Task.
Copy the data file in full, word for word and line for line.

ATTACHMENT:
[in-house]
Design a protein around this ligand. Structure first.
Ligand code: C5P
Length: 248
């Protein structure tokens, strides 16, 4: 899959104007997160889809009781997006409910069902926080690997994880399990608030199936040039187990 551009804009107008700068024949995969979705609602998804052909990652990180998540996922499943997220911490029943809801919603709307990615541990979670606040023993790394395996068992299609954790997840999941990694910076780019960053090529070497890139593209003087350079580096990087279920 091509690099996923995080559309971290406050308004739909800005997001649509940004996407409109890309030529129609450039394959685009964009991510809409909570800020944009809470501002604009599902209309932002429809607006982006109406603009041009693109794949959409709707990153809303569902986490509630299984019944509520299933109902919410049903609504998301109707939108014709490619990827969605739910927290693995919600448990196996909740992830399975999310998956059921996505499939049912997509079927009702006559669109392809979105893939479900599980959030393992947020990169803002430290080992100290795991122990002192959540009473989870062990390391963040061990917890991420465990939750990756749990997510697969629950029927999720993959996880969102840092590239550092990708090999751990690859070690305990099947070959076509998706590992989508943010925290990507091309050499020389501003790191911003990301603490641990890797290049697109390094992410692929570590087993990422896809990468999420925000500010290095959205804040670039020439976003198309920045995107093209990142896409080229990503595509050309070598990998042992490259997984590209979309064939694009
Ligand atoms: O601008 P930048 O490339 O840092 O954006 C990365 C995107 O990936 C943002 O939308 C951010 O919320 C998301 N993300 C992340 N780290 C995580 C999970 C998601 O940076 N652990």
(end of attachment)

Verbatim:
[in-house]
Design a protein around this ligand. Structure first.
Ligand code: C5P
Length: 248
């Protein structure tokens, strides 16, 4: 899959104007997160889809009781997006409910069902926080690997994880399990608030199936040039187990 551009804009107008700068024949995969979705609602998804052909990652990180998540996922499943997220911490029943809801919603709307990615541990979670606040023993790394395996068992299609954790997840999941990694910076780019960053090529070497890139593209003087350079580096990087279920 091509690099996923995080559309971290406050308004739909800005997001649509940004996407409109890309030529129609450039394959685009964009991510809409909570800020944009809470501002604009599902209309932002429809607006982006109406603009041009693109794949959409709707990153809303569902986490509630299984019944509520299933109902919410049903609504998301109707939108014709490619990827969605739910927290693995919600448990196996909740992830399975999310998956059921996505499939049912997509079927009702006559669109392809979105893939479900599980959030393992947020990169803002430290080992100290795991122990002192959540009473989870062990390391963040061990917890991420465990939750990756749990997510697969629950029927999720993959996880969102840092590239550092990708090999751990690859070690305990099947070959076509998706590992989508943010925290990507091309050499020389501003790191911003990301603490641990890797290049697109390094992410692929570590087993990422896809990468999420925000500010290095959205804040670039020439976003198309920045995107093209990142896409080229990503595509050309070598990998042992490259997984590209979309064939694009
Ligand atoms: O601008 P930048 O490339 O840092 O954006 C990365 C995107 O990936 C943002 O939308 C951010 O919320 C998301 N993300 C992340 N780290 C995580 C999970 C998601 O940076 N652990």